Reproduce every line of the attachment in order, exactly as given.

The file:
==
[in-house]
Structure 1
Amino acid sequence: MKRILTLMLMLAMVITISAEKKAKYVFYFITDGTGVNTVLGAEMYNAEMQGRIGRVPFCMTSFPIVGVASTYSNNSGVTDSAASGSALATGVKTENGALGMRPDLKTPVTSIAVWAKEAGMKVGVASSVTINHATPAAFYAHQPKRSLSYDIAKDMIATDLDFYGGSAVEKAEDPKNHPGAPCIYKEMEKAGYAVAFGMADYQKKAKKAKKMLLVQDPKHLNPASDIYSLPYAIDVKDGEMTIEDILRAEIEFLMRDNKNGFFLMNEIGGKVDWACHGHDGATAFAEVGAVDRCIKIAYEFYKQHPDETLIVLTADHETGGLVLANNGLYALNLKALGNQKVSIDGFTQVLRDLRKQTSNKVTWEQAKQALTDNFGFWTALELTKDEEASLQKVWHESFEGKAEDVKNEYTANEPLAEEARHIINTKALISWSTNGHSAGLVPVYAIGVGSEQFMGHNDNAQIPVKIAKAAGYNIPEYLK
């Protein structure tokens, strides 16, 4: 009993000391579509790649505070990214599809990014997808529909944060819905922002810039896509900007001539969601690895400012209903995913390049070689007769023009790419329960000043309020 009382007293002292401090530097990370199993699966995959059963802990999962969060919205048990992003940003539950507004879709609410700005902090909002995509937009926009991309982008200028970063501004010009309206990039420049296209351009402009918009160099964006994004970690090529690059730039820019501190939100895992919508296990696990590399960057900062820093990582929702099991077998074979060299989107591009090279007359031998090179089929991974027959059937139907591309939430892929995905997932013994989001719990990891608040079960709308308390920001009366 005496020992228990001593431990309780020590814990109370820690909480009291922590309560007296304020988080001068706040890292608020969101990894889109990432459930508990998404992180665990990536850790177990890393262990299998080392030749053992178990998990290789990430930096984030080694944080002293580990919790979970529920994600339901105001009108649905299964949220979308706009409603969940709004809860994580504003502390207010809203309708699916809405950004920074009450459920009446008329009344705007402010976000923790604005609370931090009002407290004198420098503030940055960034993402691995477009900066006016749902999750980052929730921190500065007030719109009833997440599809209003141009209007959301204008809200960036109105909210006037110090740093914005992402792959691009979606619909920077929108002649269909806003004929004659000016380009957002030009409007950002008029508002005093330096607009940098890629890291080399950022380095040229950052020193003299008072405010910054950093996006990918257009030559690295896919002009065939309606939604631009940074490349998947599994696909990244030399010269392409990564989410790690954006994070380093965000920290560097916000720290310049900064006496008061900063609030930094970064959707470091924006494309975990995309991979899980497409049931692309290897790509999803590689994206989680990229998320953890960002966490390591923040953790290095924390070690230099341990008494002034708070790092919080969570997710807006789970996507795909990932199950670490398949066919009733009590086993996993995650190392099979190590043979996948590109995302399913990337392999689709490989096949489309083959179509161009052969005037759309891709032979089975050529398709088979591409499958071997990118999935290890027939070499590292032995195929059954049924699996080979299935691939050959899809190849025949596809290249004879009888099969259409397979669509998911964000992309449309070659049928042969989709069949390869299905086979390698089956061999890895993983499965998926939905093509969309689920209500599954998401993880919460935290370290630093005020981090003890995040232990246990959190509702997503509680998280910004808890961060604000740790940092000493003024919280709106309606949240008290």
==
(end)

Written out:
[in-house]
Structure 1
Amino acid sequence: MKRILTLMLMLAMVITISAEKKAKYVFYFITDGTGVNTVLGAEMYNAEMQGRIGRVPFCMTSFPIVGVASTYSNNSGVTDSAASGSALATGVKTENGALGMRPDLKTPVTSIAVWAKEAGMKVGVASSVTINHATPAAFYAHQPKRSLSYDIAKDMIATDLDFYGGSAVEKAEDPKNHPGAPCIYKEMEKAGYAVAFGMADYQKKAKKAKKMLLVQDPKHLNPASDIYSLPYAIDVKDGEMTIEDILRAEIEFLMRDNKNGFFLMNEIGGKVDWACHGHDGATAFAEVGAVDRCIKIAYEFYKQHPDETLIVLTADHETGGLVLANNGLYALNLKALGNQKVSIDGFTQVLRDLRKQTSNKVTWEQAKQALTDNFGFWTALELTKDEEASLQKVWHESFEGKAEDVKNEYTANEPLAEEARHIINTKALISWSTNGHSAGLVPVYAIGVGSEQFMGHNDNAQIPVKIAKAAGYNIPEYLK
């Protein structure tokens, strides 16, 4: 009993000391579509790649505070990214599809990014997808529909944060819905922002810039896509900007001539969601690895400012209903995913390049070689007769023009790419329960000043309020 009382007293002292401090530097990370199993699966995959059963802990999962969060919205048990992003940003539950507004879709609410700005902090909002995509937009926009991309982008200028970063501004010009309206990039420049296209351009402009918009160099964006994004970690090529690059730039820019501190939100895992919508296990696990590399960057900062820093990582929702099991077998074979060299989107591009090279007359031998090179089929991974027959059937139907591309939430892929995905997932013994989001719990990891608040079960709308308390920001009366 005496020992228990001593431990309780020590814990109370820690909480009291922590309560007296304020988080001068706040890292608020969101990894889109990432459930508990998404992180665990990536850790177990890393262990299998080392030749053992178990998990290789990430930096984030080694944080002293580990919790979970529920994600339901105001009108649905299964949220979308706009409603969940709004809860994580504003502390207010809203309708699916809405950004920074009450459920009446008329009344705007402010976000923790604005609370931090009002407290004198420098503030940055960034993402691995477009900066006016749902999750980052929730921190500065007030719109009833997440599809209003141009209007959301204008809200960036109105909210006037110090740093914005992402792959691009979606619909920077929108002649269909806003004929004659000016380009957002030009409007950002008029508002005093330096607009940098890629890291080399950022380095040229950052020193003299008072405010910054950093996006990918257009030559690295896919002009065939309606939604631009940074490349998947599994696909990244030399010269392409990564989410790690954006994070380093965000920290560097916000720290310049900064006496008061900063609030930094970064959707470091924006494309975990995309991979899980497409049931692309290897790509999803590689994206989680990229998320953890960002966490390591923040953790290095924390070690230099341990008494002034708070790092919080969570997710807006789970996507795909990932199950670490398949066919009733009590086993996993995650190392099979190590043979996948590109995302399913990337392999689709490989096949489309083959179509161009052969005037759309891709032979089975050529398709088979591409499958071997990118999935290890027939070499590292032995195929059954049924699996080979299935691939050959899809190849025949596809290249004879009888099969259409397979669509998911964000992309449309070659049928042969989709069949390869299905086979390698089956061999890895993983499965998926939905093509969309689920209500599954998401993880919460935290370290630093005020981090003890995040232990246990959190509702997503509680998280910004808890961060604000740790940092000493003024919280709106309606949240008290």